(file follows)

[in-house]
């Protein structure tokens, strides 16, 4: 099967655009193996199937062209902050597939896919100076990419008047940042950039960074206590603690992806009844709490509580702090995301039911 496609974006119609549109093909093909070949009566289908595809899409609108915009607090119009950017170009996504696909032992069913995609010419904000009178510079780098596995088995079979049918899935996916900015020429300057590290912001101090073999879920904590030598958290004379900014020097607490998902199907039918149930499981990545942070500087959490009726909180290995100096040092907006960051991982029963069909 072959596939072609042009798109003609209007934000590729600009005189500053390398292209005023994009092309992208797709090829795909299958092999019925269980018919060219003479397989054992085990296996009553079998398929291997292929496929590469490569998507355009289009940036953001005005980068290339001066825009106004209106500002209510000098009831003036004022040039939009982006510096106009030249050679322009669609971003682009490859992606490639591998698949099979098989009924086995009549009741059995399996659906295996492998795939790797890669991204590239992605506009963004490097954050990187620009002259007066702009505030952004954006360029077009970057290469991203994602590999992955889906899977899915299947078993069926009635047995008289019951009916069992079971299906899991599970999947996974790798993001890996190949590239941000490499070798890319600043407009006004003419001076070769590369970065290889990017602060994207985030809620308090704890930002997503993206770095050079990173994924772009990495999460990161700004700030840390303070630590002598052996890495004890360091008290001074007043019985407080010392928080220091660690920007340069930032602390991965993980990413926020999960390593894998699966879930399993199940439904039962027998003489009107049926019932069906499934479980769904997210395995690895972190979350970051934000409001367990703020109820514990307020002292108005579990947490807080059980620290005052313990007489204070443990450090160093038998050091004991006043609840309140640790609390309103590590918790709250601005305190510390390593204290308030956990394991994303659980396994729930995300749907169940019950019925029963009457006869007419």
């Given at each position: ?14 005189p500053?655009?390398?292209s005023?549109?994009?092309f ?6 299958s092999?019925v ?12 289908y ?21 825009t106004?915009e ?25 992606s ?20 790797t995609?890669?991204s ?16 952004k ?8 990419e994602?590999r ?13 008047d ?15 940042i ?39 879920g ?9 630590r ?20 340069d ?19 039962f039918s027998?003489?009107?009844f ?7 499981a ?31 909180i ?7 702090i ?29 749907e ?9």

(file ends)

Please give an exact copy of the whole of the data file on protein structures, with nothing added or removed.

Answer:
[in-house]
């Protein structure tokens, strides 16, 4: 099967655009193996199937062209902050597939896919100076990419008047940042950039960074206590603690992806009844709490509580702090995301039911 496609974006119609549109093909093909070949009566289908595809899409609108915009607090119009950017170009996504696909032992069913995609010419904000009178510079780098596995088995079979049918899935996916900015020429300057590290912001101090073999879920904590030598958290004379900014020097607490998902199907039918149930499981990545942070500087959490009726909180290995100096040092907006960051991982029963069909 072959596939072609042009798109003609209007934000590729600009005189500053390398292209005023994009092309992208797709090829795909299958092999019925269980018919060219003479397989054992085990296996009553079998398929291997292929496929590469490569998507355009289009940036953001005005980068290339001066825009106004209106500002209510000098009831003036004022040039939009982006510096106009030249050679322009669609971003682009490859992606490639591998698949099979098989009924086995009549009741059995399996659906295996492998795939790797890669991204590239992605506009963004490097954050990187620009002259007066702009505030952004954006360029077009970057290469991203994602590999992955889906899977899915299947078993069926009635047995008289019951009916069992079971299906899991599970999947996974790798993001890996190949590239941000490499070798890319600043407009006004003419001076070769590369970065290889990017602060994207985030809620308090704890930002997503993206770095050079990173994924772009990495999460990161700004700030840390303070630590002598052996890495004890360091008290001074007043019985407080010392928080220091660690920007340069930032602390991965993980990413926020999960390593894998699966879930399993199940439904039962027998003489009107049926019932069906499934479980769904997210395995690895972190979350970051934000409001367990703020109820514990307020002292108005579990947490807080059980620290005052313990007489204070443990450090160093038998050091004991006043609840309140640790609390309103590590918790709250601005305190510390390593204290308030956990394991994303659980396994729930995300749907169940019950019925029963009457006869007419």
């Given at each position: ?14 005189p500053?655009?390398?292209s005023?549109?994009?092309f ?6 299958s092999?019925v ?12 289908y ?21 825009t106004?915009e ?25 992606s ?20 790797t995609?890669?991204s ?16 952004k ?8 990419e994602?590999r ?13 008047d ?15 940042i ?39 879920g ?9 630590r ?20 340069d ?19 039962f039918s027998?003489?009107?009844f ?7 499981a ?31 909180i ?7 702090i ?29 749907e ?9």